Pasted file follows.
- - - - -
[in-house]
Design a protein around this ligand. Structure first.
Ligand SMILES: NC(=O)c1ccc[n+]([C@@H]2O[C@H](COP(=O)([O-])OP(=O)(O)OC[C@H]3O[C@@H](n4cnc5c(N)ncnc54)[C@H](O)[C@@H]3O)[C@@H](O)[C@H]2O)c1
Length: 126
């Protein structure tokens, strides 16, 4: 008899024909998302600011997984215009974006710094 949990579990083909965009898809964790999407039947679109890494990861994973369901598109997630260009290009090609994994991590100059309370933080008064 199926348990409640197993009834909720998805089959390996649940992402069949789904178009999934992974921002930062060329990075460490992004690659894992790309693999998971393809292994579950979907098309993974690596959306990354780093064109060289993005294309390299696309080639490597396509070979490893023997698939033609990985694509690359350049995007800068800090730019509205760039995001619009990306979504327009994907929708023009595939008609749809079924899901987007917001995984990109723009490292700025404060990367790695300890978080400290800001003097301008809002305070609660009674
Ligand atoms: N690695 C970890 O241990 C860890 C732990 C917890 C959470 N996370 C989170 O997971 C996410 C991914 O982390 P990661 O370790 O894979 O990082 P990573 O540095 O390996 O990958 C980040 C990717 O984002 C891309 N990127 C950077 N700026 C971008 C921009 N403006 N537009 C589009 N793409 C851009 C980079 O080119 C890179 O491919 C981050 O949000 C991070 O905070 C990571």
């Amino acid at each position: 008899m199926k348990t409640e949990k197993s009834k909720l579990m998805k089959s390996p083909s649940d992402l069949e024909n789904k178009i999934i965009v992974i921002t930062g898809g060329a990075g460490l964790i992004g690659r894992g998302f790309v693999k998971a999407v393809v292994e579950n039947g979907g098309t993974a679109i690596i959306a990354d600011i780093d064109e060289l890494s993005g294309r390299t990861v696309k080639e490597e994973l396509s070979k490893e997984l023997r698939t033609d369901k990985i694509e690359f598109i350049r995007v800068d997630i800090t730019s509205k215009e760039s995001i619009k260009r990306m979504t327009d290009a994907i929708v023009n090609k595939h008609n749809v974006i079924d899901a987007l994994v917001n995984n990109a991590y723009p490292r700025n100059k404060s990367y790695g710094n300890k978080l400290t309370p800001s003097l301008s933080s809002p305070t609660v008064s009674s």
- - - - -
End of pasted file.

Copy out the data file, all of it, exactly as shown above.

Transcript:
[in-house]
Design a protein around this ligand. Structure first.
Ligand SMILES: NC(=O)c1ccc[n+]([C@@H]2O[C@H](COP(=O)([O-])OP(=O)(O)OC[C@H]3O[C@@H](n4cnc5c(N)ncnc54)[C@H](O)[C@@H]3O)[C@@H](O)[C@H]2O)c1
Length: 126
């Protein structure tokens, strides 16, 4: 008899024909998302600011997984215009974006710094 949990579990083909965009898809964790999407039947679109890494990861994973369901598109997630260009290009090609994994991590100059309370933080008064 199926348990409640197993009834909720998805089959390996649940992402069949789904178009999934992974921002930062060329990075460490992004690659894992790309693999998971393809292994579950979907098309993974690596959306990354780093064109060289993005294309390299696309080639490597396509070979490893023997698939033609990985694509690359350049995007800068800090730019509205760039995001619009990306979504327009994907929708023009595939008609749809079924899901987007917001995984990109723009490292700025404060990367790695300890978080400290800001003097301008809002305070609660009674
Ligand atoms: N690695 C970890 O241990 C860890 C732990 C917890 C959470 N996370 C989170 O997971 C996410 C991914 O982390 P990661 O370790 O894979 O990082 P990573 O540095 O390996 O990958 C980040 C990717 O984002 C891309 N990127 C950077 N700026 C971008 C921009 N403006 N537009 C589009 N793409 C851009 C980079 O080119 C890179 O491919 C981050 O949000 C991070 O905070 C990571």
């Amino acid at each position: 008899m199926k348990t409640e949990k197993s009834k909720l579990m998805k089959s390996p083909s649940d992402l069949e024909n789904k178009i999934i965009v992974i921002t930062g898809g060329a990075g460490l964790i992004g690659r894992g998302f790309v693999k998971a999407v393809v292994e579950n039947g979907g098309t993974a679109i690596i959306a990354d600011i780093d064109e060289l890494s993005g294309r390299t990861v696309k080639e490597e994973l396509s070979k490893e997984l023997r698939t033609d369901k990985i694509e690359f598109i350049r995007v800068d997630i800090t730019s509205k215009e760039s995001i619009k260009r990306m979504t327009d290009a994907i929708v023009n090609k595939h008609n749809v974006i079924d899901a987007l994994v917001n995984n990109a991590y723009p490292r700025n100059k404060s990367y790695g710094n300890k978080l400290t309370p800001s003097l301008s933080s809002p305070t609660v008064s009674s």